Re: [rss_v] Are manufacturer canopy sizing recommendations quite conservative?
In reply to:
Given how rare it is to find second-hand canopies over 200sqft (even 190s are uncommon), I could be waiting a long time to find anything a bit bigger. I have a decent offer on a Sabre 2 190 which Iím tempted by, but my first thoughts were that I ought to take something a bit bigger. A chart Iím looking at here suggests I stay on 210s and 230s until Iíve got over 200 jumps or so, and PDís Sabre 2 sizing chart recommends a 190 for only "advanced" and "expert" jumpers of my weight range.
Are my instructors and others being reckless in saying that a 190 is ok?
Yes. A 230 is the best idea.
Most skydivers think we're special snowflakes all unique with our own strengths.
This leads to the canonical new skydiver advice to "listen to your instructors" "who've seen you fly" when it comes to down-sizing, the implication being that those instructors can some how recognize skydivers' specialness and approve of more aggressive downsizing protocols which is complete crap.
People should be sizing their canopies based on the worst possible situation:
It's the sunset load, cute chicks flash the pilot for extra altitude, some one in your group gets hypoxic and catches their foot on the seatbelt so you take forever to climb out, you have a long spot so you're landing off, and the low light means you don't see power lines until you've almost on top of them so you make a low turn to avoid them for a down-wind landing on an asphalt road.
not the sunny-day scenario of into the wind in a sunny wide-open field that's neither hard nor taxing and gives skydivers an incomplete picture of their abilities.
Instructors and a skydiver could only observe that they're ready for a premature down-size if they're getting into such situations on a regular basis and handling them successfully. Either that hasn't happened and there's no basis for the special snow flake recommendation, or the skydiver in question is short bus special in the judgement department and shouldn't be downsizing faster.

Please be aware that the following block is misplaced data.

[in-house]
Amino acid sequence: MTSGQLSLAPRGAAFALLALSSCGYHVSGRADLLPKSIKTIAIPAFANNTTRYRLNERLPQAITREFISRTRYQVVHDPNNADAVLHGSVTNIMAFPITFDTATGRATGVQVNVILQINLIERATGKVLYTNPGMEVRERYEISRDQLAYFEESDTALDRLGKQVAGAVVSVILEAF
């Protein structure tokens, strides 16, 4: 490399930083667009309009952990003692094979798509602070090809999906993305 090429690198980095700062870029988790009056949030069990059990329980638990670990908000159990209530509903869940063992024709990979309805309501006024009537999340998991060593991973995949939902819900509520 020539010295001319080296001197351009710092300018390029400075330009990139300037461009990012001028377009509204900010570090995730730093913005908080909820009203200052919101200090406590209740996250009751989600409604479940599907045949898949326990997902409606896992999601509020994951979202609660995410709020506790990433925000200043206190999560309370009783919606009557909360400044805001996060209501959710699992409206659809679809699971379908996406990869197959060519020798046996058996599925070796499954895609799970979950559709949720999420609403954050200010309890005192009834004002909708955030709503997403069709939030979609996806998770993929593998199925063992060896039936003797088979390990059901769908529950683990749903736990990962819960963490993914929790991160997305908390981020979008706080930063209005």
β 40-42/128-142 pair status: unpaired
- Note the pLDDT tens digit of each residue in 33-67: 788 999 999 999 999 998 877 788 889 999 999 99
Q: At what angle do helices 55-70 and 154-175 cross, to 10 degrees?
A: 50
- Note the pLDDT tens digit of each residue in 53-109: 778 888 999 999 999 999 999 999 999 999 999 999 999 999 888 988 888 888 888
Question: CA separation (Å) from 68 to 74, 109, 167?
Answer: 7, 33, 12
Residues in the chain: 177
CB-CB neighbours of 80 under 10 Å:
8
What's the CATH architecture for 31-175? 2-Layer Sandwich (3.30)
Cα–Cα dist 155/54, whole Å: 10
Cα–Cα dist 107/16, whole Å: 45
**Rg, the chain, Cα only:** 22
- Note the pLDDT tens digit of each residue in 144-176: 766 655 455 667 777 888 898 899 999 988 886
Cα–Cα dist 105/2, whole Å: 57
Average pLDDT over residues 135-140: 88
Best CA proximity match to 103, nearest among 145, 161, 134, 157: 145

Other sides to this are operating at a sufficiently low mental arousal level, developing muscle memory, and learning situational awareness.
People perform best in situations that are stimulating enough that they're not falling asleep, but not unfolding so fast that they're overwhelmed where things like freezing become common. Premature down-sizing makes it easy to over-stimulate yourself and do incorrect things like hanging onto a front riser or two until impact. You need enough jumps in slower situations with bigger canopies to get used to it so that's less likely to happen.
Although you can almost yank controls as far as you'd care to with impunity under larger parachutes, canopies get more sensitive to control inputs as they get smaller, whether intended or not. People with too few jumps on intermediate sizes instinctively make the big movements which worked on large canopies but turn little ones into the ground at unsurvivable speeds.
Situational awareness means you've been doing things long enough to notice that things aren't right hundreds or thousands of feet before you're in a dangerous situation. People need to ease into things, with a hundred or few jumps on the next larger size and easing into larger turns making it easier to notice what's wrong so they're less likely to hang on controls until it's too late.
Following Brian Germain's 1.0 + .1/100 jump wing loading formula (with more complications) seems to work well on those counts and combined with practicing the skills enumerated by Brian and Bill von Novak radically reduces your chances of ending up in the incident reports.
Instead of telling skydivers to follow their instructors' advice which probably won't be based on enough information and allows people to ask around until they get an answer they like we should be telling them to follow Brian's writings unless complicating factors (bad depth perception, poor accuracy, not flaring far enough to avoid running, etc) noted by them or some one else suggest they be even more conservative.
(This post was edited by DrewEckhardt on Aug 18, 2012, 1:18 PM)